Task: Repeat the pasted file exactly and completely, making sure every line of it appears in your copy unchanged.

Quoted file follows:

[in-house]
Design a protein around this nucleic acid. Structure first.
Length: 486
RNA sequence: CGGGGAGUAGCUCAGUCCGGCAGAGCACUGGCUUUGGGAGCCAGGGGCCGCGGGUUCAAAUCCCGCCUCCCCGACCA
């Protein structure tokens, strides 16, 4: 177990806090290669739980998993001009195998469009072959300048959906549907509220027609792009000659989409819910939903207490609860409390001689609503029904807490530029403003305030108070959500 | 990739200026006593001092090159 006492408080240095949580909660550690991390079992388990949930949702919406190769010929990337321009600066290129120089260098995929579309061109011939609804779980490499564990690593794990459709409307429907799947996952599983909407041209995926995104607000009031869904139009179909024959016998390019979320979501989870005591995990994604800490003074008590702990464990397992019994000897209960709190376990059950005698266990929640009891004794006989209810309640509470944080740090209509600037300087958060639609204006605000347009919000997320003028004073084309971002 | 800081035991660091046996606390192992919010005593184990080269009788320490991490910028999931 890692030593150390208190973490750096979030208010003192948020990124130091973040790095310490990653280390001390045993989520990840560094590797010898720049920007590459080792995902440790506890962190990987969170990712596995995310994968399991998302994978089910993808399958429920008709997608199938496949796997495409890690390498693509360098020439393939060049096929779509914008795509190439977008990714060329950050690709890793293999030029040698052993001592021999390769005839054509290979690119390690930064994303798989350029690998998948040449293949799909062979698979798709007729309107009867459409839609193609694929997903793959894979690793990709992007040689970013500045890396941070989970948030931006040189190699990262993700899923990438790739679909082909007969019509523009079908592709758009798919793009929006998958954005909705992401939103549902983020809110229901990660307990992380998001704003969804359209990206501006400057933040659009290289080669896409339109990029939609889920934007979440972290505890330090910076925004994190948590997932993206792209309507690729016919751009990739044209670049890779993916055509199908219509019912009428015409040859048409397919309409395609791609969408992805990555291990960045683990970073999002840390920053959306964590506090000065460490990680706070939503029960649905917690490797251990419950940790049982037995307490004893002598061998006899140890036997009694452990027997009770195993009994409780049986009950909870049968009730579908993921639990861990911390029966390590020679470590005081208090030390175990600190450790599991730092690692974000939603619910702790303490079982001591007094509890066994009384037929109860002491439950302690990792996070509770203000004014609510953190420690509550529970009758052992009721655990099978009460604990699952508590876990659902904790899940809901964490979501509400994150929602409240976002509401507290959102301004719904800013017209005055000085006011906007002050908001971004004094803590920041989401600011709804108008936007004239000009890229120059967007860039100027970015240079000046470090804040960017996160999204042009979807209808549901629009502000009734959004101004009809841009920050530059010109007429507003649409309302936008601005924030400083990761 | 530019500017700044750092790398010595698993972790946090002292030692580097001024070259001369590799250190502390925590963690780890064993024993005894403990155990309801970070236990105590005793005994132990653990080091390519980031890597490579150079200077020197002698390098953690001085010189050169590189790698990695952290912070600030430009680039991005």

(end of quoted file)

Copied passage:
[in-house]
Design a protein around this nucleic acid. Structure first.
Length: 486
RNA sequence: CGGGGAGUAGCUCAGUCCGGCAGAGCACUGGCUUUGGGAGCCAGGGGCCGCGGGUUCAAAUCCCGCCUCCCCGACCA
């Protein structure tokens, strides 16, 4: 177990806090290669739980998993001009195998469009072959300048959906549907509220027609792009000659989409819910939903207490609860409390001689609503029904807490530029403003305030108070959500 | 990739200026006593001092090159 006492408080240095949580909660550690991390079992388990949930949702919406190769010929990337321009600066290129120089260098995929579309061109011939609804779980490499564990690593794990459709409307429907799947996952599983909407041209995926995104607000009031869904139009179909024959016998390019979320979501989870005591995990994604800490003074008590702990464990397992019994000897209960709190376990059950005698266990929640009891004794006989209810309640509470944080740090209509600037300087958060639609204006605000347009919000997320003028004073084309971002 | 800081035991660091046996606390192992919010005593184990080269009788320490991490910028999931 890692030593150390208190973490750096979030208010003192948020990124130091973040790095310490990653280390001390045993989520990840560094590797010898720049920007590459080792995902440790506890962190990987969170990712596995995310994968399991998302994978089910993808399958429920008709997608199938496949796997495409890690390498693509360098020439393939060049096929779509914008795509190439977008990714060329950050690709890793293999030029040698052993001592021999390769005839054509290979690119390690930064994303798989350029690998998948040449293949799909062979698979798709007729309107009867459409839609193609694929997903793959894979690793990709992007040689970013500045890396941070989970948030931006040189190699990262993700899923990438790739679909082909007969019509523009079908592709758009798919793009929006998958954005909705992401939103549902983020809110229901990660307990992380998001704003969804359209990206501006400057933040659009290289080669896409339109990029939609889920934007979440972290505890330090910076925004994190948590997932993206792209309507690729016919751009990739044209670049890779993916055509199908219509019912009428015409040859048409397919309409395609791609969408992805990555291990960045683990970073999002840390920053959306964590506090000065460490990680706070939503029960649905917690490797251990419950940790049982037995307490004893002598061998006899140890036997009694452990027997009770195993009994409780049986009950909870049968009730579908993921639990861990911390029966390590020679470590005081208090030390175990600190450790599991730092690692974000939603619910702790303490079982001591007094509890066994009384037929109860002491439950302690990792996070509770203000004014609510953190420690509550529970009758052992009721655990099978009460604990699952508590876990659902904790899940809901964490979501509400994150929602409240976002509401507290959102301004719904800013017209005055000085006011906007002050908001971004004094803590920041989401600011709804108008936007004239000009890229120059967007860039100027970015240079000046470090804040960017996160999204042009979807209808549901629009502000009734959004101004009809841009920050530059010109007429507003649409309302936008601005924030400083990761 | 530019500017700044750092790398010595698993972790946090002292030692580097001024070259001369590799250190502390925590963690780890064993024993005894403990155990309801970070236990105590005793005994132990653990080091390519980031890597490579150079200077020197002698390098953690001085010189050169590189790698990695952290912070600030430009680039991005």